Gene expression data of the transcriptomic assay were normalized with the Quantile algorithm. The three control samples were filtered for P < 0.05, and the average was calculated for each gene. A fold change value was calculated for each gene by comparing samples to the mean of corresponding control. Differentially expressed genes (DEGs) were selected for a significant threshold >2 or < 0.5 (P < 0.05). Functional annotations of the DEGs were based on NCBI GenBank, and related-genes physiological processes were assigned with NCBI, AmiGO 2 Gene Ontology, and UniProt. A Kyoto Encyclopedia of Genes and Genomes (KEGG) pathway analysis was also conducted to identify relevant biological pathways for the selected genes. However, DEGs may be involved in more than one biological process, especially when it comes to stress responses; hence, the determined functional annotation could be subjected to modifications in the future.

For metabolomic analyses, metabolite selection and identification were based on previously published studies on benzoxazinoids (de Bruijn et al., 2016), flavonoids (Wojakowska et al., 2013), and hydroxycinnamic acid amides (Li et al., 2018) from wheat. Besides, the proposed putative metabolite identifications were based on expertized analysis of corresponding mass spectra and comparison with published reports in the literature. Additional information was retrieved from the KEGG and PubChem databases. A relative quantification of the selected metabolites was performed using the software Xcalibur. The identity of some metabolites was confirmed using the corresponding standards provided by Sigma-Aldrich (France). Differential metabolomic analyses among the different conditions were performed using Tukey's honest significant difference method followed by false discovery rate (FDR) correction using the Benjamini-Hochberg procedure (Benjamini and Hochberg, 1995). Metabolites of interest were considered differentially accumulated when the false discovery rate was below 5 % (FDR < 0.05).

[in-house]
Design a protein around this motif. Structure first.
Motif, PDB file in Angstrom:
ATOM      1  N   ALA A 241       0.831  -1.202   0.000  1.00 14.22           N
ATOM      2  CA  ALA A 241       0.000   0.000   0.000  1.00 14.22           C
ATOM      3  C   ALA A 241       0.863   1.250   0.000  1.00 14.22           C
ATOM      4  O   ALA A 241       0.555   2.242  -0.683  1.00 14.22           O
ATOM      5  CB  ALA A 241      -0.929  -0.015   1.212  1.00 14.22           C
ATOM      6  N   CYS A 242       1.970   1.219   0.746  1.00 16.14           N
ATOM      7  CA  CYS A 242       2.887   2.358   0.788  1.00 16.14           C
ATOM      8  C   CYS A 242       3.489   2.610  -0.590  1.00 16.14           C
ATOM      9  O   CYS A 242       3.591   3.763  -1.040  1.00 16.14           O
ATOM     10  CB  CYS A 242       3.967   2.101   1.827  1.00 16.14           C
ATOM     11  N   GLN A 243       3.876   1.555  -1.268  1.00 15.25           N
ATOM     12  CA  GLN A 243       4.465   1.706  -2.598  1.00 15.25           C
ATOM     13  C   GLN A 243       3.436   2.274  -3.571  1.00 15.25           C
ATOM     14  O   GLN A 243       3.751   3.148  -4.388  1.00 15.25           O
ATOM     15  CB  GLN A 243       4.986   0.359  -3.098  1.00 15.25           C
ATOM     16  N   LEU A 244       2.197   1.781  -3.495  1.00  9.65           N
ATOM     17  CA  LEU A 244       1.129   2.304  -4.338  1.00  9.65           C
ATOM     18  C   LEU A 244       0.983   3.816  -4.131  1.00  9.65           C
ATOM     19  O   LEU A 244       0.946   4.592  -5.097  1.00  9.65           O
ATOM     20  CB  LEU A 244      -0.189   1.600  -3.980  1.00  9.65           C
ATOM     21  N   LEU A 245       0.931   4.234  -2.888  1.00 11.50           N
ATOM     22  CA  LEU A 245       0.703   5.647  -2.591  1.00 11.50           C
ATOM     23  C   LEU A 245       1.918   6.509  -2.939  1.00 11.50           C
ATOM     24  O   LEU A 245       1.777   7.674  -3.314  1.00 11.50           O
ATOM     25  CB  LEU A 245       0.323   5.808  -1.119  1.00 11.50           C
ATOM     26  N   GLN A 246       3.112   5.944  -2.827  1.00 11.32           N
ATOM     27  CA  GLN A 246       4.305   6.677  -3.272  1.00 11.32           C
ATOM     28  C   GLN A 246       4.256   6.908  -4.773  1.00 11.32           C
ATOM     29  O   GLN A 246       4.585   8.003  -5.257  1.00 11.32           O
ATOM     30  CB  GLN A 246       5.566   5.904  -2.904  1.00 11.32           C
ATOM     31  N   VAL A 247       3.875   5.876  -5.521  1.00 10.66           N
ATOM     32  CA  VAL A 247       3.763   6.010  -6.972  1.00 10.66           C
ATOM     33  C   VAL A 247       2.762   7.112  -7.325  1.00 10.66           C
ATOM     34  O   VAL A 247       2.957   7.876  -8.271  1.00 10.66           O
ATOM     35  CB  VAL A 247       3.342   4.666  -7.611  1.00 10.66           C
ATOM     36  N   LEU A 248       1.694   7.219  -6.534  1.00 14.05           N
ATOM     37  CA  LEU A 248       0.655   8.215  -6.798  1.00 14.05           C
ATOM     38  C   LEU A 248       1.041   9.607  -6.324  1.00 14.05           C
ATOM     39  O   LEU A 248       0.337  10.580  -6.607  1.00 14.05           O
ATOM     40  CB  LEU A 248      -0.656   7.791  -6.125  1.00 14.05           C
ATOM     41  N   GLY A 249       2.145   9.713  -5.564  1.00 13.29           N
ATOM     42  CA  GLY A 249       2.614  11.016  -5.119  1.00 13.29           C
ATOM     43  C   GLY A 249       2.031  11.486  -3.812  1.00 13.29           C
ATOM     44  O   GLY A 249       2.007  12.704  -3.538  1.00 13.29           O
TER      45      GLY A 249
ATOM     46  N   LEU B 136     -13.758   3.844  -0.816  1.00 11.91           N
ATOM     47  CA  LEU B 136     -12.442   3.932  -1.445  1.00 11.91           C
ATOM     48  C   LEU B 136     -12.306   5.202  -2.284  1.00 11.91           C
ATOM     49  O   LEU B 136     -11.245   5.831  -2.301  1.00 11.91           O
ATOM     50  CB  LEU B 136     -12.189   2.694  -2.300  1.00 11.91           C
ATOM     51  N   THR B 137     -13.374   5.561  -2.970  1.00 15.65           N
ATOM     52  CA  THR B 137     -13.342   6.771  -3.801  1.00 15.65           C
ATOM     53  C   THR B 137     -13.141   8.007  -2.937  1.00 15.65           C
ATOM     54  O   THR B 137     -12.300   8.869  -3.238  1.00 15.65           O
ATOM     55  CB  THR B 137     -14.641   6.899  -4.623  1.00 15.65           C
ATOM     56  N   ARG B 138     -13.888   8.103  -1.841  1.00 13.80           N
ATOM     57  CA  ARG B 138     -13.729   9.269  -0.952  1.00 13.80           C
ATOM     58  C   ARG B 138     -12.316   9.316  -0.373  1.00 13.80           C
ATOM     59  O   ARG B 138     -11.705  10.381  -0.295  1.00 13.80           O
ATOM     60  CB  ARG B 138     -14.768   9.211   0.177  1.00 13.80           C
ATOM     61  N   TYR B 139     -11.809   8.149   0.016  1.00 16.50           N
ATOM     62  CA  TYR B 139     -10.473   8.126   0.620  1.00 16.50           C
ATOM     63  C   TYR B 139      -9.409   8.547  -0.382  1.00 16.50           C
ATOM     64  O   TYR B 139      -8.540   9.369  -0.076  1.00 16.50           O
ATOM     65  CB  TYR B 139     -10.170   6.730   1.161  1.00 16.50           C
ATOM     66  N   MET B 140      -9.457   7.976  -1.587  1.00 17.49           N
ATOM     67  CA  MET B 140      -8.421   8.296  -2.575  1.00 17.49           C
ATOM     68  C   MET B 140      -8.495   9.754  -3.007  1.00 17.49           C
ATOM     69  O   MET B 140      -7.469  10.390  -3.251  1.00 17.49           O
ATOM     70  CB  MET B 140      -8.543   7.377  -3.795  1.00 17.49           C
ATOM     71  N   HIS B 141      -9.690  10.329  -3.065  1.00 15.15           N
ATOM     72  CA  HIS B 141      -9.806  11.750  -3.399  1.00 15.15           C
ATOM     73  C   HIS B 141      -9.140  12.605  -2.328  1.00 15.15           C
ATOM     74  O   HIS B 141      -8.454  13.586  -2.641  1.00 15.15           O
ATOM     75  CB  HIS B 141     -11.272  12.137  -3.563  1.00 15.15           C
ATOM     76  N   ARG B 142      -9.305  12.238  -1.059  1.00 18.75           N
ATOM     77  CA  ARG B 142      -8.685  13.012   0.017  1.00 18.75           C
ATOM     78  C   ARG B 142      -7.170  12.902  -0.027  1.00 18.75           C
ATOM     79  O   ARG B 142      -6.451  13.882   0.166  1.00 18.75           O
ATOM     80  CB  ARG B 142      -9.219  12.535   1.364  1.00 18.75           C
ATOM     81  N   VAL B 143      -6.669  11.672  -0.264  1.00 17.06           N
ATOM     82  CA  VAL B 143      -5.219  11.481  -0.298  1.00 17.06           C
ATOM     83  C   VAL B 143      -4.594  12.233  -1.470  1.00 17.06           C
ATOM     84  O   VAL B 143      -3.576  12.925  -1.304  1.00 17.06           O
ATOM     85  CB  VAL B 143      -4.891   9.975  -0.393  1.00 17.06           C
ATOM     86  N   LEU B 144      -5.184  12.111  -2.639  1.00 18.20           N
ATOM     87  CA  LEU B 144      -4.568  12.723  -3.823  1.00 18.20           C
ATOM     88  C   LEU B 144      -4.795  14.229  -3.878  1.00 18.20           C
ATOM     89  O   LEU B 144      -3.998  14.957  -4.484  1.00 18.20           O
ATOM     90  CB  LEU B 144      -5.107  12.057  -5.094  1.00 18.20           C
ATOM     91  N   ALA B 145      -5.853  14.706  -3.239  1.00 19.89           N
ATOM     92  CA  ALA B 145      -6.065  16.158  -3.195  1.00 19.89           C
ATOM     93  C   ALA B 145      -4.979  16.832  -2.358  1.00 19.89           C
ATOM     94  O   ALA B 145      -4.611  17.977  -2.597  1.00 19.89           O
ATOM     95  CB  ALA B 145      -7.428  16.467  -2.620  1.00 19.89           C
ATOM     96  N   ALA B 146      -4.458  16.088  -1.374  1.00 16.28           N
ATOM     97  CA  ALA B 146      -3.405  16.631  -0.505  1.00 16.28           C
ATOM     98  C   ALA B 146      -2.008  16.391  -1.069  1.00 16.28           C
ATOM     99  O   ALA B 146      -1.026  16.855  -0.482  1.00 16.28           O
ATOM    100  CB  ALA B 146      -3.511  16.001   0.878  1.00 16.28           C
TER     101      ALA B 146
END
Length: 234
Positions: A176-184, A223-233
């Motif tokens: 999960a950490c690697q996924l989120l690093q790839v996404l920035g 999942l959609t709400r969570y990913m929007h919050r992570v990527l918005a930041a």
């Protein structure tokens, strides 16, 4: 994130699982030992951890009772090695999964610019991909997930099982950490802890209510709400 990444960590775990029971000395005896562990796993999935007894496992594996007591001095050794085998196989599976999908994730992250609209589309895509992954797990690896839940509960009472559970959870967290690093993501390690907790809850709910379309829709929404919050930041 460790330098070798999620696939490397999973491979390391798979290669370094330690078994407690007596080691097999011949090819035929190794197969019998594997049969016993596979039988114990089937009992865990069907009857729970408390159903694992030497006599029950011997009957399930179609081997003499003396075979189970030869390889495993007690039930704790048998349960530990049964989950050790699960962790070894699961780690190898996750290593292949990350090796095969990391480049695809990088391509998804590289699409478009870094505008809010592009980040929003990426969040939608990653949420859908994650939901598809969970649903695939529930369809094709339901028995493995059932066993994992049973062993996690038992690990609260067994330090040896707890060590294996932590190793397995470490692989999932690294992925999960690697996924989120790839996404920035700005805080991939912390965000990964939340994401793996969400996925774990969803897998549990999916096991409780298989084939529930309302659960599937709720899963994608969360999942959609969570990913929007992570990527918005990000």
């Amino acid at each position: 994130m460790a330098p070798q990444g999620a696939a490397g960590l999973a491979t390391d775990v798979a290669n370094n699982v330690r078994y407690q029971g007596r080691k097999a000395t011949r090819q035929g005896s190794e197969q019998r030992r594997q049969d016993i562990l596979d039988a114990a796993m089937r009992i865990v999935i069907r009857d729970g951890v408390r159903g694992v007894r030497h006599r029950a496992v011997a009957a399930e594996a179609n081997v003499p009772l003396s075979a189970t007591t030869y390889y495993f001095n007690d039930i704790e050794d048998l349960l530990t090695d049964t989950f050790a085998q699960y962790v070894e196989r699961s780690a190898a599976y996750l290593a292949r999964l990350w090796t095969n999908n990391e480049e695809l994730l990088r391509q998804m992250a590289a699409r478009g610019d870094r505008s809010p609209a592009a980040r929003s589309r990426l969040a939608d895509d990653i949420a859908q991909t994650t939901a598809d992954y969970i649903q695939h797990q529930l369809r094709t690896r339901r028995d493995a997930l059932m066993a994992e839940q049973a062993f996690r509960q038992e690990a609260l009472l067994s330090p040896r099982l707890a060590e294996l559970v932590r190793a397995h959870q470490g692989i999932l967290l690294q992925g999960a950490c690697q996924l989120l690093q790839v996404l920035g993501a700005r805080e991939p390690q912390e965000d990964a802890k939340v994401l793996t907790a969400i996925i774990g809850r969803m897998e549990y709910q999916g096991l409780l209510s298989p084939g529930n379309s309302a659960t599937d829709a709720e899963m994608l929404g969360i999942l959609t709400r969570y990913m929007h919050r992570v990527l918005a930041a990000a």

Rh-Est-C12 Displays Direct Antifungal Activity and Reduces the Severity of Disease Caused by Z. tritici